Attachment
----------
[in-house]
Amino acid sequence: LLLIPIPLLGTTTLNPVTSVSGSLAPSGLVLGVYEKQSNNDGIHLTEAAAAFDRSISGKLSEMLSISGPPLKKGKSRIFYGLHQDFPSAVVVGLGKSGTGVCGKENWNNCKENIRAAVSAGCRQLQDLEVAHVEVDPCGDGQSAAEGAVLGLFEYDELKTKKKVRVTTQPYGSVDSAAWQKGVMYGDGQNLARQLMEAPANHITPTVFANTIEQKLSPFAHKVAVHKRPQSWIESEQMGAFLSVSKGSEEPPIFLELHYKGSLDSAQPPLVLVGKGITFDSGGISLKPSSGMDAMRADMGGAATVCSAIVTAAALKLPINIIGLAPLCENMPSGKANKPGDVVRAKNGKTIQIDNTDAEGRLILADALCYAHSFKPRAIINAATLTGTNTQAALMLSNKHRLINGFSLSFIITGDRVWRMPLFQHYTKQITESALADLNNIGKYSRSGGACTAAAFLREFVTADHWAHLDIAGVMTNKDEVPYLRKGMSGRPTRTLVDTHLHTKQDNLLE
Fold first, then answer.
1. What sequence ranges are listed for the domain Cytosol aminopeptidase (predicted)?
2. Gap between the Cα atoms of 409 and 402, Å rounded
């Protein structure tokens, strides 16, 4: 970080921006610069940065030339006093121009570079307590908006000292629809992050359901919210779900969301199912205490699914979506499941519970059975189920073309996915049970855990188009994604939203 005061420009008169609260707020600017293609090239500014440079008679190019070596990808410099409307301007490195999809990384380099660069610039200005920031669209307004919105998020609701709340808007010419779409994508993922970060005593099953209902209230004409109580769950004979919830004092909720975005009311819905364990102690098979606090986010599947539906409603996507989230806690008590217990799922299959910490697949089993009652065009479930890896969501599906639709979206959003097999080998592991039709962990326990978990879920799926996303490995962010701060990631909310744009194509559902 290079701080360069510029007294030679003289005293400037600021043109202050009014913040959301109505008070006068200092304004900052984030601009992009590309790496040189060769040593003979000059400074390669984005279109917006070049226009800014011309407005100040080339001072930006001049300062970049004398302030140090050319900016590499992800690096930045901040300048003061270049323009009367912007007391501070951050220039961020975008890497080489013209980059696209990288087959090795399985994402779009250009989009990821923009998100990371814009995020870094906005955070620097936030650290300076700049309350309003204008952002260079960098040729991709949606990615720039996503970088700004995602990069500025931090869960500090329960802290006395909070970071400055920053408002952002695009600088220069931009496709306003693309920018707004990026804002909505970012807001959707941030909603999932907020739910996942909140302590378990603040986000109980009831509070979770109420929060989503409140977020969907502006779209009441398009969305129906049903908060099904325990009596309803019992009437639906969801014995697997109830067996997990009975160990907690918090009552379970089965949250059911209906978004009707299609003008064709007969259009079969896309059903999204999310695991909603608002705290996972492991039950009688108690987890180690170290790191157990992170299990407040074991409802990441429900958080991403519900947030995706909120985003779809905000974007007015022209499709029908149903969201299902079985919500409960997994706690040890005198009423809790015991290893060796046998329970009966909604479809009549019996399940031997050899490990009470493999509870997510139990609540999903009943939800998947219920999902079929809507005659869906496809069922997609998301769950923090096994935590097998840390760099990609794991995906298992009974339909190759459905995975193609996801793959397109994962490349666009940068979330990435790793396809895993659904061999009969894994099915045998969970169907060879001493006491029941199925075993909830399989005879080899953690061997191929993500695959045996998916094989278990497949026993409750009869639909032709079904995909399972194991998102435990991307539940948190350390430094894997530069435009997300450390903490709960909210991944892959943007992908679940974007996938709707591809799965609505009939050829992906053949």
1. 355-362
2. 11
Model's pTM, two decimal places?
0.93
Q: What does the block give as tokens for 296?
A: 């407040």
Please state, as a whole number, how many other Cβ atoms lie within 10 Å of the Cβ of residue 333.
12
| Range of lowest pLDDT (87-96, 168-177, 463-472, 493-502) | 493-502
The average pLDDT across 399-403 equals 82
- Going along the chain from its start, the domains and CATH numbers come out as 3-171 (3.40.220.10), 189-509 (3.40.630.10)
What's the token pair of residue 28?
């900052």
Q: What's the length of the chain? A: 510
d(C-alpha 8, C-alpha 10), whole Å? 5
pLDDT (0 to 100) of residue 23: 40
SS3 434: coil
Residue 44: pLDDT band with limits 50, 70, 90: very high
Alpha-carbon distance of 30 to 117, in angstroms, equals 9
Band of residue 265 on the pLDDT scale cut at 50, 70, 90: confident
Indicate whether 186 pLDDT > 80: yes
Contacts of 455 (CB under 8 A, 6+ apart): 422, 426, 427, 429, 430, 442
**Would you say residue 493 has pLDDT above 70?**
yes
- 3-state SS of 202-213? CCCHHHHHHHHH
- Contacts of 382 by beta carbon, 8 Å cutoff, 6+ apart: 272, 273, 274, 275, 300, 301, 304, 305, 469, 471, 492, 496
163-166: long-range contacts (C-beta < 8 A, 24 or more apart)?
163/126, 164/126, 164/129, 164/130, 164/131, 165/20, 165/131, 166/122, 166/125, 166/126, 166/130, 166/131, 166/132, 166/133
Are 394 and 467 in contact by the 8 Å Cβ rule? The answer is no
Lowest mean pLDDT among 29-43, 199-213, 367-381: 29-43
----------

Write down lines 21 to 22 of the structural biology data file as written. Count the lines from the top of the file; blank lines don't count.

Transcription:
d(C-alpha 8, C-alpha 10), whole Å? 5
pLDDT (0 to 100) of residue 23: 40